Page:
@Dawn, thank you. There are few things that make me feel more connected or more comfortable in the idea that I might be where I’m supposed to be, than hearing that something *I* said or did moved someone else.

  10. Kyra says:

    I think it’s a wonderful thing for you to do, and means far more than flowers – especially when many of us, myself included, cannot do the same.

    sorry for your loss, Britt – in both the coach, and the person you used to know who did this.

  11. Hilly says:

    This post is very powerful and had me in tears almost immediately, thinking about the things that I too need to forgive and let go.

    Ive got some thinking to do today…good thinking though.

  12. This is absolutely beautiful Britt – and also has me in tears.

  13. alan7933 says:

    I am not a religious person but I believe that carrying anger is hurtful to the one who carries it both mentally and physically. I have read that forgiveness is a freeing of the anger that shouldn’t be carried. It seems to be extremely difficult for me and for most people to do. I think it’s the right thing to do.

    • Miss Britt says:

      @alan7933, it IS difficult. And I don’t think you have to be religious to appreciate it.

      Being religious might make it a tiny bit easier to do – but it certainly doesn’t make it “easy”. At least not for me.

  14. Finn says:

    What am amazing legacy Coach Thomas left. Forgiveness is sometimes the hardest thing for people to give, but that’s what makes it so extrordinary.

    I hope that in forgiving your heart is lighter than before and that you have a new sense of peace.

  15. Lynette says:

    This is a beautiful post. But I kind of hate you for making me ruin my makeup.

  16. Mrs Soup says:

    Thank you for this. It’s amazing how God places even things like blog posts in ones life to remind them about something they need to do.

    I will also forgive today. Forgiveness that has been a long time in coming.

  17. Maria says:

    Beautiful, Britt.

    I’m so sorry this has happened.

  18. Beautiful and powerful, hon. Good on you.

  19. you give me chills. powerful piece, britt.

    but even more, a very powerful act.

    i’m sure coach would be proud.

    • Miss Britt says:

      @hello haha narf, I have no doubt he would be extremely proud of the way his family, his players, his students and his town has reacted to this tragedy.

      Mom said all the signs all over town say “Pray for the Thomas family and the Becker family.”

  20. Someone who I’ve always thought of as a far better person than me, convinced me to forgive once. And he was right. XOXO.

  21. Someday? I hope to grow up and be Britt. I wish I was mature enough to forgive. I’m still a grudge girl.

    You = Awesome.

    • Miss Britt says:

      @Coal Miner’s Granddaughter, HAHHAHAHAHAHAHHAHA. Oh. Right. Because *I* am so mature!


      I don’t think it’s a maturity thing.

      Honestly? I think it’s a result of some serious humility.

  22. Darla says:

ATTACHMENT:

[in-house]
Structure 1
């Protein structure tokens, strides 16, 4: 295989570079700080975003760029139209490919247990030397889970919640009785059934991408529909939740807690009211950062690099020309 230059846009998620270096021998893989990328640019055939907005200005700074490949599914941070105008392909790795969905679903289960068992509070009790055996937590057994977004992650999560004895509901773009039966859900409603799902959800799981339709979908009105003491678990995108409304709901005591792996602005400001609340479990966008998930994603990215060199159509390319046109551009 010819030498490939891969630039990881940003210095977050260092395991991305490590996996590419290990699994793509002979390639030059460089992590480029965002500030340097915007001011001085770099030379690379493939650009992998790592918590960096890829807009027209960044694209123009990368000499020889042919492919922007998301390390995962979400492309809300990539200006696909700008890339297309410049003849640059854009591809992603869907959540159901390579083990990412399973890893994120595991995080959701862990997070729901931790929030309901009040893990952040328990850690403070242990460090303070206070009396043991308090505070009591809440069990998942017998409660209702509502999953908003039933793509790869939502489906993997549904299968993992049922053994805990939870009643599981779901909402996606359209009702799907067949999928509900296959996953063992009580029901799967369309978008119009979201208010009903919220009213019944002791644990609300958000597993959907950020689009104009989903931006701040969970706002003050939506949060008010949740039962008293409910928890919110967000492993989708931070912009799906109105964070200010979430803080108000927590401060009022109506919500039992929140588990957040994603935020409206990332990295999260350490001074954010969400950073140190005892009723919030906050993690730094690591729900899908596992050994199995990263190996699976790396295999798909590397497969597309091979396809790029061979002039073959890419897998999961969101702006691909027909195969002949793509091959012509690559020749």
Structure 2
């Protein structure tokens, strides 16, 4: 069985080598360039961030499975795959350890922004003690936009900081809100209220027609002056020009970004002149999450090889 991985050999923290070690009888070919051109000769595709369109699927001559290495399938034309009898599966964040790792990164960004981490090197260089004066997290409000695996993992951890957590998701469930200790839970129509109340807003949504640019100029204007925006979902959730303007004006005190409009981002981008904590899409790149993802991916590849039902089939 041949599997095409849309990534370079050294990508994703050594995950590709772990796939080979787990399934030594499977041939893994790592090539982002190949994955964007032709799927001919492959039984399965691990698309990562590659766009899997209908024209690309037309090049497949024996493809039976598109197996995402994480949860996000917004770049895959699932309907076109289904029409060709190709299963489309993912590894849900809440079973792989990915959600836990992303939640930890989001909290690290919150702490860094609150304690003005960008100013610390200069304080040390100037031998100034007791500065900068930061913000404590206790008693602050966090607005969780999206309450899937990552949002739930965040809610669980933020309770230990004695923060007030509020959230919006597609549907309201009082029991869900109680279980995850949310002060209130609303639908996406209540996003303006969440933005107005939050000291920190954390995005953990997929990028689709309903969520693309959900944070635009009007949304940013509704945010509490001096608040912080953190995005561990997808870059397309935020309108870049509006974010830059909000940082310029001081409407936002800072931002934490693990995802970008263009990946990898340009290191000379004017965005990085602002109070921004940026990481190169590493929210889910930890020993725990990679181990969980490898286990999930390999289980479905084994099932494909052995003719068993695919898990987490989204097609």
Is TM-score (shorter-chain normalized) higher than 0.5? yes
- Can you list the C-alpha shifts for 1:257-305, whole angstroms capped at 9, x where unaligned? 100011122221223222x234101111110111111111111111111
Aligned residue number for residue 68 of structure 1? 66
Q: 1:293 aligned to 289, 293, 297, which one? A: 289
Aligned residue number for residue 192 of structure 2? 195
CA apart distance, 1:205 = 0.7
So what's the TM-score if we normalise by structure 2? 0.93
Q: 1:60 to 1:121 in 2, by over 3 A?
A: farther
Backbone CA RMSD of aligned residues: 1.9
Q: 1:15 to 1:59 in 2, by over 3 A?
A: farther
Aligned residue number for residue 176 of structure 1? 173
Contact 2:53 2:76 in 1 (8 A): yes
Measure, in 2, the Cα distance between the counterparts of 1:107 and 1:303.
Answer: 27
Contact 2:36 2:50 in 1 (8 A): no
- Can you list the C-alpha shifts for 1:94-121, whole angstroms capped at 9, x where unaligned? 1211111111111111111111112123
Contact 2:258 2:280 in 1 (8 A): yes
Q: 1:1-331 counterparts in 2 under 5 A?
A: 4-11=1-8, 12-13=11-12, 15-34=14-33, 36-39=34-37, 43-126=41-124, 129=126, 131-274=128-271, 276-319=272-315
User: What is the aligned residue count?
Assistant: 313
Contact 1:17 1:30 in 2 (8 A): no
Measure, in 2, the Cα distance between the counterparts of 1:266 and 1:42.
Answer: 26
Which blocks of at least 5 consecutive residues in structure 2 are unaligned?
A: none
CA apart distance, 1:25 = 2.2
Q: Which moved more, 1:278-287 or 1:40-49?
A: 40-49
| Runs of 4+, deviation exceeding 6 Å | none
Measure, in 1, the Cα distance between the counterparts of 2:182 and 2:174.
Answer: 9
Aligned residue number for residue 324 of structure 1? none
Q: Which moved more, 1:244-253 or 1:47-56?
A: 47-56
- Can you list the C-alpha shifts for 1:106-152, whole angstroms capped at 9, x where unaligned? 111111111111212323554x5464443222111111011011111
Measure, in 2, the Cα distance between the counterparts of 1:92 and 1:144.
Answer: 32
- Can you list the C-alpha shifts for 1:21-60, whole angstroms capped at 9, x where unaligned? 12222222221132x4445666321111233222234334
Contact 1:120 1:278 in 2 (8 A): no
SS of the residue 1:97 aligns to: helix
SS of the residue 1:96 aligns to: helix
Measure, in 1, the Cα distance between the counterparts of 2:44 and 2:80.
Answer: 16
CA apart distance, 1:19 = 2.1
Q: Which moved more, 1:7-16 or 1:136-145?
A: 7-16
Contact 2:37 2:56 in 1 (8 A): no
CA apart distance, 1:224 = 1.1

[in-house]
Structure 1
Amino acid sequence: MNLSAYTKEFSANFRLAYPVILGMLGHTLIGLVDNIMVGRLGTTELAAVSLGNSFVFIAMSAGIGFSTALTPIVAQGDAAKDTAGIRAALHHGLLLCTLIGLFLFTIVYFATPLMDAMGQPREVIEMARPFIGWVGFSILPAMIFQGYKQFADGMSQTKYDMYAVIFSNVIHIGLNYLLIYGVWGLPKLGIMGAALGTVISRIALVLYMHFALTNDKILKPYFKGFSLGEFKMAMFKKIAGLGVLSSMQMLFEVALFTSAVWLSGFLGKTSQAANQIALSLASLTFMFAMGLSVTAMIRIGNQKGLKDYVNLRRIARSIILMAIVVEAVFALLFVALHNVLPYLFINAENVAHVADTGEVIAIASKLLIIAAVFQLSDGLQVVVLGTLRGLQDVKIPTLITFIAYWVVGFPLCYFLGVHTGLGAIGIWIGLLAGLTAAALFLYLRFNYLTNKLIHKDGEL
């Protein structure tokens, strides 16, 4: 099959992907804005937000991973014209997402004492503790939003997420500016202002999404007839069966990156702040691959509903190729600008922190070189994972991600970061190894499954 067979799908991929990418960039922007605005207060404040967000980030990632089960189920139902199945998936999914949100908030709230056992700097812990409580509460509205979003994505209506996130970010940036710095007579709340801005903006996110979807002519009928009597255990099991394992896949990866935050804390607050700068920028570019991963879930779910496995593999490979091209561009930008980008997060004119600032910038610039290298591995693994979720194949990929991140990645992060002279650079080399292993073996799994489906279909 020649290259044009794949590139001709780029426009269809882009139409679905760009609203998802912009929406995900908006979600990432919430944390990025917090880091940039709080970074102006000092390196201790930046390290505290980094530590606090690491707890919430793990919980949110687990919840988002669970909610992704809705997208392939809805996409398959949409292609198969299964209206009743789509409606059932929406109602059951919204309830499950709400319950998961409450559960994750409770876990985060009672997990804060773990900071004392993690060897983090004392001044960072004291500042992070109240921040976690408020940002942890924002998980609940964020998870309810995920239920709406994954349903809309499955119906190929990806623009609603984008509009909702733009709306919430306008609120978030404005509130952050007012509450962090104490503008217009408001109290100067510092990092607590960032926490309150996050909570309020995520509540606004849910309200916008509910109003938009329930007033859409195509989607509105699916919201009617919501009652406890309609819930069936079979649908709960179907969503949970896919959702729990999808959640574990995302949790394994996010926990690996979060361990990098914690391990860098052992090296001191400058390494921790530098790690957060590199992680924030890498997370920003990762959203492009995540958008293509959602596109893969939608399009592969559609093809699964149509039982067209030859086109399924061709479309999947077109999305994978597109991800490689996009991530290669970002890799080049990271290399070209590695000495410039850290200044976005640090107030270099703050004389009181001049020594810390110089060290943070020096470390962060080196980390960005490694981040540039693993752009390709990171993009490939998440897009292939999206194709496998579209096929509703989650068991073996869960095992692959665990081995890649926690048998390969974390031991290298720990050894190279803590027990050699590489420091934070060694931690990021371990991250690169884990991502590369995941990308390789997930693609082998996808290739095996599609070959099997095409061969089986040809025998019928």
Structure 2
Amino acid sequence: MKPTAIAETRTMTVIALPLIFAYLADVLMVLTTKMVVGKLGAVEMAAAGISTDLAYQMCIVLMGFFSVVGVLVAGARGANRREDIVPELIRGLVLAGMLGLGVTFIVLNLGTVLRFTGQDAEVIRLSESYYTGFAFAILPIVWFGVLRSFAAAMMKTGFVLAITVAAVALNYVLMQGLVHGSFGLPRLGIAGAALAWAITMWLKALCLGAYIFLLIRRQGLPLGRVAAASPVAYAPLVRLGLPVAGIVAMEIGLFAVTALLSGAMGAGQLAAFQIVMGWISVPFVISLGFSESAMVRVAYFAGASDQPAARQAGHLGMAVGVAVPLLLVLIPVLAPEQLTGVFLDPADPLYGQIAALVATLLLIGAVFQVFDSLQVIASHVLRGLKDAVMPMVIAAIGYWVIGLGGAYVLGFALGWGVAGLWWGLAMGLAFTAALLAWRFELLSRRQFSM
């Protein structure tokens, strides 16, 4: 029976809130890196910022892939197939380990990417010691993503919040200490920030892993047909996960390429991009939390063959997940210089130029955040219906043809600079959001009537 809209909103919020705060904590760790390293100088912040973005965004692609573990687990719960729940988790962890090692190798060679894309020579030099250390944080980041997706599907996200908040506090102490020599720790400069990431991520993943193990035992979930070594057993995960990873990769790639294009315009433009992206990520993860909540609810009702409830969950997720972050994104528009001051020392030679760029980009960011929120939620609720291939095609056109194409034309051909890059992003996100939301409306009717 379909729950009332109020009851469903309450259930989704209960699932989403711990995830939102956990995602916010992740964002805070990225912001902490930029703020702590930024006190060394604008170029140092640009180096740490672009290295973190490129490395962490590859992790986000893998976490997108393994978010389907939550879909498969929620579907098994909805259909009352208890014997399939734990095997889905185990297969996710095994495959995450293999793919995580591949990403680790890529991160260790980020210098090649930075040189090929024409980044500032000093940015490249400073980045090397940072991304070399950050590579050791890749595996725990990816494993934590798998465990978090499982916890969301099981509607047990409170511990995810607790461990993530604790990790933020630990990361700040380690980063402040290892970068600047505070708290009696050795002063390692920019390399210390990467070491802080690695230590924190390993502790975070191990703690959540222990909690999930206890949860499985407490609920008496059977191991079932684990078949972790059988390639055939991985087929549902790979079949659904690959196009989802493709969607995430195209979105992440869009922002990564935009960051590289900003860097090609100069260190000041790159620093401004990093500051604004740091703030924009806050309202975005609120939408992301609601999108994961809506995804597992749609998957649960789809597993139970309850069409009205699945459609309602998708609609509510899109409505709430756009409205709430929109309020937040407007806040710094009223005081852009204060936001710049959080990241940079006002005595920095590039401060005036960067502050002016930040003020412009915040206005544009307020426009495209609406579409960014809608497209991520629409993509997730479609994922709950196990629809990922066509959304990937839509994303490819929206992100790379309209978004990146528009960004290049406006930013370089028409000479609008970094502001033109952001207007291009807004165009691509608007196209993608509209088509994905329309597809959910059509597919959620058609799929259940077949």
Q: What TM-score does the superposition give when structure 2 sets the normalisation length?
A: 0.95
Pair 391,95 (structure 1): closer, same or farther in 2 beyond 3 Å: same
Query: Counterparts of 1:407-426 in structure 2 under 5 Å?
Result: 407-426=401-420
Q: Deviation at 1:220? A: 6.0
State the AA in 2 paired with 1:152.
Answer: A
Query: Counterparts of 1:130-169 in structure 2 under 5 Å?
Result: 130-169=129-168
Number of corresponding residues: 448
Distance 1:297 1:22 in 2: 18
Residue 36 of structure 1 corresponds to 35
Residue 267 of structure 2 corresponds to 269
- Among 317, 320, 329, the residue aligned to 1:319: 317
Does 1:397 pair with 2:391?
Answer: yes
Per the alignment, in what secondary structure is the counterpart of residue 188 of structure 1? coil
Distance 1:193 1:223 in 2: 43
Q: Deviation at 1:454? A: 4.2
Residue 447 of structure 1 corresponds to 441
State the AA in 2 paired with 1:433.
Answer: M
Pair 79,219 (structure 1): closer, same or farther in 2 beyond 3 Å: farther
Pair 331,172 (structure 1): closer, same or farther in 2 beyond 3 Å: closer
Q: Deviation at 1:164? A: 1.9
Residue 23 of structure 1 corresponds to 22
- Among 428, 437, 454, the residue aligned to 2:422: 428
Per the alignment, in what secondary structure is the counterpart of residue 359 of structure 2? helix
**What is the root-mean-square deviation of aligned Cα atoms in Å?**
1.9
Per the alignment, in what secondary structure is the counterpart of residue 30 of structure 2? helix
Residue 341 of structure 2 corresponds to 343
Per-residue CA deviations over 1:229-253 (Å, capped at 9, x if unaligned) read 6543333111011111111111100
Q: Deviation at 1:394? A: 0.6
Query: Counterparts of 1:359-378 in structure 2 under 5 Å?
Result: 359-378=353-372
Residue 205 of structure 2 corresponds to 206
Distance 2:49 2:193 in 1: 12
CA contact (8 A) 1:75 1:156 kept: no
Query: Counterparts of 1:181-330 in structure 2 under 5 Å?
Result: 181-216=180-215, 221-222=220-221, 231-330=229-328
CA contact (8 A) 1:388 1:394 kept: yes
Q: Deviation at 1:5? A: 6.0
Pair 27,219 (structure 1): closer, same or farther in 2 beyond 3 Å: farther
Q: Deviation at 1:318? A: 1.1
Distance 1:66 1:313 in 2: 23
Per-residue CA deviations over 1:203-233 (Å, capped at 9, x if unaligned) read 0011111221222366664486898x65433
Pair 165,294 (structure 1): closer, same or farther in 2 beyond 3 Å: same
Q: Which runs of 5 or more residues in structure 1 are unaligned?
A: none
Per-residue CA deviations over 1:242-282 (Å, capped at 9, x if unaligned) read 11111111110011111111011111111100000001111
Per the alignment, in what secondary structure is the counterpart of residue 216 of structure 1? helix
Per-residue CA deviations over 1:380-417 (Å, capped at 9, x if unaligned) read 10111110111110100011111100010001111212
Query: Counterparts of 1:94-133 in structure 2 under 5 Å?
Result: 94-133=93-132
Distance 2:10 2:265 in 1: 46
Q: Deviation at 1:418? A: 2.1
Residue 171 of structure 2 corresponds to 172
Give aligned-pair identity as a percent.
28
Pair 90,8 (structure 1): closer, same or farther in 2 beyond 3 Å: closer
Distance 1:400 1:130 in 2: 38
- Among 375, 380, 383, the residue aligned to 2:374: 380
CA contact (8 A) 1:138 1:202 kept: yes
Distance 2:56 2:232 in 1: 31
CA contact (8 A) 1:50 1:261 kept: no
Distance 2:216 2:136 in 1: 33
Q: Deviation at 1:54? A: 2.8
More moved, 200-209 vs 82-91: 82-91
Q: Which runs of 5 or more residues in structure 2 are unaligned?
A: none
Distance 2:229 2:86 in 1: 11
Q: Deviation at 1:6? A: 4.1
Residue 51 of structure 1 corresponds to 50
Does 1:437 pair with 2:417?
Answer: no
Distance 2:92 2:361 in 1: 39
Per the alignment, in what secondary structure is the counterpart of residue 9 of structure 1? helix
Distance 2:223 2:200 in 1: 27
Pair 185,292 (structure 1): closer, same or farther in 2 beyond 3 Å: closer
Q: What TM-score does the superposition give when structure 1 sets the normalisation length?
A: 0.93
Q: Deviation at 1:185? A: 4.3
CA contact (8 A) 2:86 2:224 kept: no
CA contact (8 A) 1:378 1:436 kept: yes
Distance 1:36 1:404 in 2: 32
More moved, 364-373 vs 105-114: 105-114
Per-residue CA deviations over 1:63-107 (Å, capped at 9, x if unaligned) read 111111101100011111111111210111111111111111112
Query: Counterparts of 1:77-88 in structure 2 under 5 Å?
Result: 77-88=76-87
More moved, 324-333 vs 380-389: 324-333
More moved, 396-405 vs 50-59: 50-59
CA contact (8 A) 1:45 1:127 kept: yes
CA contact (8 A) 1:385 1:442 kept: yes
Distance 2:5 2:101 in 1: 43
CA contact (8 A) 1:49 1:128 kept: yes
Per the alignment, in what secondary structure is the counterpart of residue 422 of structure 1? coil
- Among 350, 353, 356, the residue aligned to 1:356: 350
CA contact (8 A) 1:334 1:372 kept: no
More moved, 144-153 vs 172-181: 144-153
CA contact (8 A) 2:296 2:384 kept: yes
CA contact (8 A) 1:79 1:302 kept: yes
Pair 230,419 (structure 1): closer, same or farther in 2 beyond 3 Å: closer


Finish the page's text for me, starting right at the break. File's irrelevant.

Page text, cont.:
Thinking of you.

    I think the article where the coach’s family and people from the area spoke positively about Mark speaks volumes about their character.

    For me, I wish I knew what makes someone do that. It’s not that I can’t forgive, it’s that I wish there was a litmus test of sorts that could just fix the damn world already.

  23. Wow. Seriously lovely.

    Forgiveness is what it’s all about.

  24. Poppy says:

    I’m glad you can.

    I choose to never, ever forgive.

  25. NYCWD says:

    I really have nothing original to add other than when it comes to forgiveness I often think of this quote…

    To err is human, to forgive is divine.” -Alexander Pope

    … and find it true in more ways than one.

  26. Sybil Law says:

    Forgiveness can be freeing.
    What an awesome tribute to that beloved man.

  27. dad says:

    nicely said and even nicelier done britt, i do know how hard it can be to do..remember ..FATHER forgive them for they know not what they do…

  28. Al Warren says:

    I lurk here. sorry, but I very seldom peek out of the bushes and talk.

    Forgiveness is not foe you, it is for others.

  29. [...] could be a preacher if she wanted to be. She preached a sermon about forgiveness yesterday that was very inspiring for a lot of people, including me. It inspired me to admit that there are [...]

  30. I’m kind of awestruck at this point. I have chosen to forgive people for some pretty heavy stuff but the strength of you and his family, as well as the rest of your community, is amazing. I’m not sure that, in the same position, I would be able to do the same.

    My thoughts and prayers remain with you and Parkersburg.

  31. Lori says:

    This is one of the most beautiful posts I have read in a long time. It is raw with honesty, grief, sadness, pain and beauty. This thing called forgiveness is a powerful thing. It is all about grace and it leads to being able to let go, to something bigger then us.

    I have been on both sides of forgiveness and grace. I have been the guilty one, in need of forgiveness and it was grace that set me free. Pardoned when I didn’t deserve it, yet without it, I would not be here today.

    I have stood on the other side of the fence as well. I was the granter of forgiveness. I gave the gift of grace so someone else could be set free. But when all is said and done, they weren’t the only ones set free, it is I that was set free…from the ugliness of hate, bitterness, rage, and resentment, when I let go to something bigger then me.

    This is a beautiful gift you are giving to them and to yourself…and to all those that will read this post, I pray that even one person might hear what you are saying and take action in their own lives with this beautiful thing called forgiveness and grace.

  32. Sodapop says:

    Forgiveness is full of grace & faith.

    I’m proud of you. It takes a lot of courage to forgive..